There are hardly any signs of urban crisis on the University of Richmond's idyllic pine- and oak-lined campus in the city's West End. Fortunately for Amy Howard, an urban studies professor who specializes in urban decay, Richmond has plenty to offer.
“I really consider myself a student of the city, a teacher of the city and as someone who has the opportunity to give something back,” says Howard, executive director of UR's Bonner Center for Civic Engagement. “I took it as a mandate.”
It wasn't just Richmond's textbook potential. Howard moved to Richmond in 2004 and took a job as a program administrator at the Bonner Center. After earning her doctorate in American Studies from the College of William & Mary in 2005, she began teaching at UR, seeing the opportunity to fuse her academic credentials in urban history with her thirst for social change.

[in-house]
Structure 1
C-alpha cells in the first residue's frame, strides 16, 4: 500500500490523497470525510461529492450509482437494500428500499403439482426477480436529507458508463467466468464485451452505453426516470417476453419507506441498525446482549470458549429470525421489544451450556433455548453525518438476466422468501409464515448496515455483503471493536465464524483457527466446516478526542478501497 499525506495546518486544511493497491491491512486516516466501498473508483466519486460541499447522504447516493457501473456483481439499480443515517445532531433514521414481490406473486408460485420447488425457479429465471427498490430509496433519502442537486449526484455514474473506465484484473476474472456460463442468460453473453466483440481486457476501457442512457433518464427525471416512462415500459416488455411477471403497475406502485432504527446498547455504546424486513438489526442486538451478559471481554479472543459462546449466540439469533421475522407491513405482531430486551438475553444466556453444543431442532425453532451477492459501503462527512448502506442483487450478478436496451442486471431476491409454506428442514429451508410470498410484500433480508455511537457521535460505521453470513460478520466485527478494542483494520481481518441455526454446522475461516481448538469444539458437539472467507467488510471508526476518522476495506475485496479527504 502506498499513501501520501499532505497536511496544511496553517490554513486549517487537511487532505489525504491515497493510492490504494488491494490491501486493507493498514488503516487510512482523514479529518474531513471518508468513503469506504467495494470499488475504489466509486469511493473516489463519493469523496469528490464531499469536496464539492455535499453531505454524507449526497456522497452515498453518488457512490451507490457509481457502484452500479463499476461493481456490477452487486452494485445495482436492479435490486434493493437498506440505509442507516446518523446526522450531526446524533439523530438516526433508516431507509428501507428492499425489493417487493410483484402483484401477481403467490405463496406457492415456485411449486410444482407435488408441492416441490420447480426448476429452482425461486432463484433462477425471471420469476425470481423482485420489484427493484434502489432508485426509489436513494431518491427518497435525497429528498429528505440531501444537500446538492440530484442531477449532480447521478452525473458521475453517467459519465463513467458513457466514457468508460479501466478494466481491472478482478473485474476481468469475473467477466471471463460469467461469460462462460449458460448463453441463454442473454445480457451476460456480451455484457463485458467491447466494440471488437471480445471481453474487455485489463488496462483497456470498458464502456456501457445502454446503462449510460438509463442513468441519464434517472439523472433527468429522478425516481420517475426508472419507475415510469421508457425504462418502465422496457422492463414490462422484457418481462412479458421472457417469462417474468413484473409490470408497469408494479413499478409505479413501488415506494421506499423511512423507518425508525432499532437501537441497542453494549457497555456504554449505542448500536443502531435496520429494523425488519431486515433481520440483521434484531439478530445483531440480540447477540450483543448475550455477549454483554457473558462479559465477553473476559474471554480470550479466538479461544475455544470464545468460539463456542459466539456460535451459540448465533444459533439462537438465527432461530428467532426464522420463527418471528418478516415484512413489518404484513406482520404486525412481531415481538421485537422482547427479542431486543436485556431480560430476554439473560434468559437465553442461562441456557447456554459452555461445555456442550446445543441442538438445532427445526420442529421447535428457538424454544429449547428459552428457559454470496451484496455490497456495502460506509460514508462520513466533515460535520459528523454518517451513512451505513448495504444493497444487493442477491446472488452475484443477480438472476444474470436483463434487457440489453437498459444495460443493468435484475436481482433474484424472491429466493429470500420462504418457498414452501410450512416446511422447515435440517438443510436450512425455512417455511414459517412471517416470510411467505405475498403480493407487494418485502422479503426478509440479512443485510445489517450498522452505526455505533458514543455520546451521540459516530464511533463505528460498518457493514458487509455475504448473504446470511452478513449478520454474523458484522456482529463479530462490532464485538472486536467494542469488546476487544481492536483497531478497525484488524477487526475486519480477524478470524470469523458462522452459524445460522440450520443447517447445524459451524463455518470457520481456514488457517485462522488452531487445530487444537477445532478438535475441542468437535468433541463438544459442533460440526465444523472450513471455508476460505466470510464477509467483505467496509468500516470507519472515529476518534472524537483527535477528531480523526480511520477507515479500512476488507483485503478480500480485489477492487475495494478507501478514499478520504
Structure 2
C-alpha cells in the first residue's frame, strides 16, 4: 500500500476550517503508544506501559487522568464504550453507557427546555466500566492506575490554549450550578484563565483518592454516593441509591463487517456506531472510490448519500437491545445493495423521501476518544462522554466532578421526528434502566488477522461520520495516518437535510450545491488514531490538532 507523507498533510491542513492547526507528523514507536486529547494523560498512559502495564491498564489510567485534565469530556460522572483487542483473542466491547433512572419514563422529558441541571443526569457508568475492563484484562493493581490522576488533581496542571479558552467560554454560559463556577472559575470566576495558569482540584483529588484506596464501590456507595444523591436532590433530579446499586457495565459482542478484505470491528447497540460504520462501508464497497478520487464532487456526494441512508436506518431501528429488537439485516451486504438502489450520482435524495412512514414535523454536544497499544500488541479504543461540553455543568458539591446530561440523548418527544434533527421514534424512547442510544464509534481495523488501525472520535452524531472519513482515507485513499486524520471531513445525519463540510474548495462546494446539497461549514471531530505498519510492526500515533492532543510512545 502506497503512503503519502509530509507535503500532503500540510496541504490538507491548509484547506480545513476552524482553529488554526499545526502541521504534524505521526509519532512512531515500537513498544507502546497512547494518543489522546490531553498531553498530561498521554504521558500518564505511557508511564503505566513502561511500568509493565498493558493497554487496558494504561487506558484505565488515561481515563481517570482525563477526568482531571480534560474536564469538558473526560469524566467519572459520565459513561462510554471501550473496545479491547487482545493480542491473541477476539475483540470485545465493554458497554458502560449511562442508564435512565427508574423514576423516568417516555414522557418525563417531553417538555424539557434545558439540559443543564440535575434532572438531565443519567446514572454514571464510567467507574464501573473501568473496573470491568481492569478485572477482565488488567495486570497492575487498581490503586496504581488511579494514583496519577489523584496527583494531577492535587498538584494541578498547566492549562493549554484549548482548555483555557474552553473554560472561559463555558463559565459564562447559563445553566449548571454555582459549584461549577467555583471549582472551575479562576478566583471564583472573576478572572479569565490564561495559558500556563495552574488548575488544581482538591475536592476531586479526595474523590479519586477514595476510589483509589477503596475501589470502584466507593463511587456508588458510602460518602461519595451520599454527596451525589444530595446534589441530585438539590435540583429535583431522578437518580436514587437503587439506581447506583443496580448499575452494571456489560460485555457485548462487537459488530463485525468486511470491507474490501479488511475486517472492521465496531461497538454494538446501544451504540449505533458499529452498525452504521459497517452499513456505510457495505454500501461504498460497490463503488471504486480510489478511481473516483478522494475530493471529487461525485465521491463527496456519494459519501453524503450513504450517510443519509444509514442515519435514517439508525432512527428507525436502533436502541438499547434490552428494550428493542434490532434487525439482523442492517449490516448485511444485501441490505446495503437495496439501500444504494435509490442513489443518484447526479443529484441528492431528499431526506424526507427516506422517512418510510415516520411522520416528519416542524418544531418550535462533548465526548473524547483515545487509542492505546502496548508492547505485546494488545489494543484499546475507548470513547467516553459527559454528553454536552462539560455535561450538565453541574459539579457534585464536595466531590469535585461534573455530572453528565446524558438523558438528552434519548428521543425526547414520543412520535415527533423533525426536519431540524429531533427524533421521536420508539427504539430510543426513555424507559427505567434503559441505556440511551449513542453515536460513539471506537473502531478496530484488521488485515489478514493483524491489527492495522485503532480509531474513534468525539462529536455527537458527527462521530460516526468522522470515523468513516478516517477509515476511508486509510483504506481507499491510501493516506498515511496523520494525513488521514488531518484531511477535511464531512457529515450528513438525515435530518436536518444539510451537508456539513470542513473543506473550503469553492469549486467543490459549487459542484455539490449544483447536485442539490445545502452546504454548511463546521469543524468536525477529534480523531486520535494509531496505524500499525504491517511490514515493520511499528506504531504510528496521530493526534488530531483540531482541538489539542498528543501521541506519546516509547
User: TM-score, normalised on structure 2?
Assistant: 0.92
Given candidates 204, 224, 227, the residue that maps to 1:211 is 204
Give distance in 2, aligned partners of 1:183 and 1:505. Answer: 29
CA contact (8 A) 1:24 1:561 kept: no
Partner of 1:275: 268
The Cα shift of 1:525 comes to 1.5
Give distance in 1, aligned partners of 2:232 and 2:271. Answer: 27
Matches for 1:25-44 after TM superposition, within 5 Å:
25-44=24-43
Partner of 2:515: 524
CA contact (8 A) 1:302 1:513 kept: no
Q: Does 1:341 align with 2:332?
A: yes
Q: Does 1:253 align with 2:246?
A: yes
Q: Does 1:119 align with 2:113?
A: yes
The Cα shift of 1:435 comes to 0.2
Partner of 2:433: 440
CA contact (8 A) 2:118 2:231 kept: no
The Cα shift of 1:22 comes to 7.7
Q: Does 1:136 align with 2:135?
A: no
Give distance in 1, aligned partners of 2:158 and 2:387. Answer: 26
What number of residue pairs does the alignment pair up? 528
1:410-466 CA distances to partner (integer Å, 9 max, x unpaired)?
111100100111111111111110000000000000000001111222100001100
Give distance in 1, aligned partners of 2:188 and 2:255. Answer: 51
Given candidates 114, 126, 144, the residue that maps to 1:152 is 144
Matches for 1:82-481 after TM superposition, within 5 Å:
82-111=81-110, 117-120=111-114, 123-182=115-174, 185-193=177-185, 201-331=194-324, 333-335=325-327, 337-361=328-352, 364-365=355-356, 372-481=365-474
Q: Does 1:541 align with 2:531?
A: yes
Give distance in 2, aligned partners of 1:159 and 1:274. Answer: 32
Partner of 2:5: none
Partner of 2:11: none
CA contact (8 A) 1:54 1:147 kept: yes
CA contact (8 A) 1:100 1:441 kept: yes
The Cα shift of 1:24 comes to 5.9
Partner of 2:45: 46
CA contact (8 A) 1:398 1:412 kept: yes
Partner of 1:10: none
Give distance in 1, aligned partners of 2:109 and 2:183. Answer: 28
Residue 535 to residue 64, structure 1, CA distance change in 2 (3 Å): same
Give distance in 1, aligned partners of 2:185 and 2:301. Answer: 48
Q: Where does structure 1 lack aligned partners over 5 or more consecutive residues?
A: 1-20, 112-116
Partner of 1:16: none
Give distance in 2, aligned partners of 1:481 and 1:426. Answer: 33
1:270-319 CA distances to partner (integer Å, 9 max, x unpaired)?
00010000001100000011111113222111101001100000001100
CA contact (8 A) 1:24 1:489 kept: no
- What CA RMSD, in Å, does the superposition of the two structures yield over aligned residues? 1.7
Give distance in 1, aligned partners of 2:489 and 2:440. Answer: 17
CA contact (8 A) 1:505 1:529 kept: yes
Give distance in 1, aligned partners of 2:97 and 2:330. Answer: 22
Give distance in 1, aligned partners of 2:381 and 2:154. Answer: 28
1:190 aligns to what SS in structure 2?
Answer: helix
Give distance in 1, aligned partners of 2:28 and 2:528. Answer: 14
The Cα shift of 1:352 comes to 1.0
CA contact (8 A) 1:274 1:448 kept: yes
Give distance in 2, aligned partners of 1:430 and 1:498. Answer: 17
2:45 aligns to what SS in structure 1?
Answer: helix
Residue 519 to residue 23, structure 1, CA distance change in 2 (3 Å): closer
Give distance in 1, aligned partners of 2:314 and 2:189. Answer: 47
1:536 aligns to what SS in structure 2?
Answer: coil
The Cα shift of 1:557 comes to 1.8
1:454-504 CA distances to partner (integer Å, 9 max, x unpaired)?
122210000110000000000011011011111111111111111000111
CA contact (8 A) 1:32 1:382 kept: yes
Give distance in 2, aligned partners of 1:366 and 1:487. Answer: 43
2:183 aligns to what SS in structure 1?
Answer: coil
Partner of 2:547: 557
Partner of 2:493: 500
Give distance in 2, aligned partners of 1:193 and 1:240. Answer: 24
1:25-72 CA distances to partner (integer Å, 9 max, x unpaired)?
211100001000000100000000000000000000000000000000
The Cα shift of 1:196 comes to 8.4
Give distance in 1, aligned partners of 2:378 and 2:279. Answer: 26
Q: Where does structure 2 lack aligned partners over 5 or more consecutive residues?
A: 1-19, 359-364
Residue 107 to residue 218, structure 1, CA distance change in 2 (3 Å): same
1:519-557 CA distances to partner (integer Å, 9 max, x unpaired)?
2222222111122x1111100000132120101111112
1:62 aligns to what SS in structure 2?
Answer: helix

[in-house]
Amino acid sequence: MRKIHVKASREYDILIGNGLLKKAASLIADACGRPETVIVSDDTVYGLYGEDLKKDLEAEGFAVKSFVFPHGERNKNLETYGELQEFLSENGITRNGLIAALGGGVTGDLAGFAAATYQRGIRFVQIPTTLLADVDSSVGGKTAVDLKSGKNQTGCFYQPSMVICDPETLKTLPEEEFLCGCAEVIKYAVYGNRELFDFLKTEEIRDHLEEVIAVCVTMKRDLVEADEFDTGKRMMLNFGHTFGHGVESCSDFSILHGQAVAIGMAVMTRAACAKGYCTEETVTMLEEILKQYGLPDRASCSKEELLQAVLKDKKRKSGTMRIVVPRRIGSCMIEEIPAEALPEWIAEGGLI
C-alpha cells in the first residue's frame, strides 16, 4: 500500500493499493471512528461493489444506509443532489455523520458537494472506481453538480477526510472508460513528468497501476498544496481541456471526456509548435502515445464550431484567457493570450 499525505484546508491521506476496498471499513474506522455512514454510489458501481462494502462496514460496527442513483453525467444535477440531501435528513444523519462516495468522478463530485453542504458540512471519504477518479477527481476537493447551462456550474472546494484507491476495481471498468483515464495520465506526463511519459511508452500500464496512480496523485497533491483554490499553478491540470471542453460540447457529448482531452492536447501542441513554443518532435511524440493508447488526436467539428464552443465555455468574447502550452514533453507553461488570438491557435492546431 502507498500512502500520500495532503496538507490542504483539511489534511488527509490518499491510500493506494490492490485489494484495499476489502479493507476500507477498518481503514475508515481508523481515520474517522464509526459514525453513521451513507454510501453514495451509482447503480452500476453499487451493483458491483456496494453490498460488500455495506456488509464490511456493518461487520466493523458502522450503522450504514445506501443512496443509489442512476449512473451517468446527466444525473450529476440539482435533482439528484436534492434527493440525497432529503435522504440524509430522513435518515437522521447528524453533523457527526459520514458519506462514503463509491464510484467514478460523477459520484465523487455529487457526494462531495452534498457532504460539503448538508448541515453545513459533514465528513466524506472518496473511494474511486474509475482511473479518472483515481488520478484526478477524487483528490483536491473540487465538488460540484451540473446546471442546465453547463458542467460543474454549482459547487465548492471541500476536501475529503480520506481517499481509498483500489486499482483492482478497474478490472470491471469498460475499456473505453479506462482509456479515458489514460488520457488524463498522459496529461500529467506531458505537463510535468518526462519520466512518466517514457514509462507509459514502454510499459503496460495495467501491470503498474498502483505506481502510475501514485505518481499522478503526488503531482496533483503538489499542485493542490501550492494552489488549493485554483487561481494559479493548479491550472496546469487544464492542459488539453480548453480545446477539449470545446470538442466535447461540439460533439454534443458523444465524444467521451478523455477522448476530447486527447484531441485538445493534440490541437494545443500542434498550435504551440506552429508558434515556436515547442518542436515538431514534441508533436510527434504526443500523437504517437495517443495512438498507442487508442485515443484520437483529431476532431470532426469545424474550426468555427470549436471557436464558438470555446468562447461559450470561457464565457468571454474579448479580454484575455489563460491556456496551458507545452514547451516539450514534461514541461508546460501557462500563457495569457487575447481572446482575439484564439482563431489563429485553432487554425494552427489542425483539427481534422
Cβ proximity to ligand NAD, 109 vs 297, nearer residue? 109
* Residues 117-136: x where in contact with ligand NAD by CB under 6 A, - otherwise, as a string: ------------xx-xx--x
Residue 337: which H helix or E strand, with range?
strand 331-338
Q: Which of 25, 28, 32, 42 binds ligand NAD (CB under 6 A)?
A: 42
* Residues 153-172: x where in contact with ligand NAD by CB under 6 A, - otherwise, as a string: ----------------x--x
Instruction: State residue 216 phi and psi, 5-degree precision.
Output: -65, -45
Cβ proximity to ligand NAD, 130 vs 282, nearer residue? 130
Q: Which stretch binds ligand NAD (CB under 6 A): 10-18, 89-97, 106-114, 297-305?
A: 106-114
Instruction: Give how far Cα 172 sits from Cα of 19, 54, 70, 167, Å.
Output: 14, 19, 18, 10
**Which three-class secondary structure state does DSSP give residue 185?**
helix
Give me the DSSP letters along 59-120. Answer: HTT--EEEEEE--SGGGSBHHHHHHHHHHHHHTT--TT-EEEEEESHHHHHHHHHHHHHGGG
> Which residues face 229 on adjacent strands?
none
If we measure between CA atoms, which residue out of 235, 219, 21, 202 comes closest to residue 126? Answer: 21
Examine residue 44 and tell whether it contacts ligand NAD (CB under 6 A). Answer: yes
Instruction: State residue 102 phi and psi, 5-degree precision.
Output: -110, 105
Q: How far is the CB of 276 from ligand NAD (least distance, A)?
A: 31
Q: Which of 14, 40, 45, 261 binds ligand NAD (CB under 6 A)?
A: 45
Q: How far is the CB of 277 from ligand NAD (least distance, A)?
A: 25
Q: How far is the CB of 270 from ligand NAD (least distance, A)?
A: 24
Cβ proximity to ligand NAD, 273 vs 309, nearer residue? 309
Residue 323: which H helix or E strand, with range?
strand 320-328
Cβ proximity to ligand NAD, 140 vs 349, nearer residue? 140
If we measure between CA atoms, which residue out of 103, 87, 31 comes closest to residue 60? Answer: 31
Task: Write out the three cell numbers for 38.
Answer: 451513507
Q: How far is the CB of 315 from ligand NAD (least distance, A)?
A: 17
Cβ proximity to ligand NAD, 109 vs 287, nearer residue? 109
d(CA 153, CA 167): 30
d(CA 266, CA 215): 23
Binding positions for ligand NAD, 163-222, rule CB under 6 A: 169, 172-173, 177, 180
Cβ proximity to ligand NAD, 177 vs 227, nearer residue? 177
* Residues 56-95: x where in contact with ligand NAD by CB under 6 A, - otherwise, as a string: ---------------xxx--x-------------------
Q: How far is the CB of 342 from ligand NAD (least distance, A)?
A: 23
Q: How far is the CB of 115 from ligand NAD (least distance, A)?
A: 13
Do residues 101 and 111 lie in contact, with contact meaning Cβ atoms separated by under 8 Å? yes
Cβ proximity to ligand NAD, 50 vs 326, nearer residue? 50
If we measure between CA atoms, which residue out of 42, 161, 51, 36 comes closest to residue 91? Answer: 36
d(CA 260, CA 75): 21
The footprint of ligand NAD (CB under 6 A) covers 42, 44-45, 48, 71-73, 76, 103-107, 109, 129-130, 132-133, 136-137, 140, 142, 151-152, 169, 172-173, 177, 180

She joined the Better Housing Coalition's board in 2007, was appointed to the city's planning commission earlier this year, and is helping lead a movement at UR to branch out and connect its faculty and students with the city core and all of its inherent problems. In January the university opened a downtown campus at Seventh and Broad streets, providing legal services to low-income families and helping connect them with various social service programs throughout the city.
Howard sees an opportunity for Richmond to begin addressing its problems holistically and points to the recent downtown master plan as an example. When crime and housing problems crop up in the suburban counties, there's also opportunity to jumpstart regional cooperation.
“I think now is a pivotal point,” says Howard, who lives with her husband, Robert Nelson, on the city's North Side.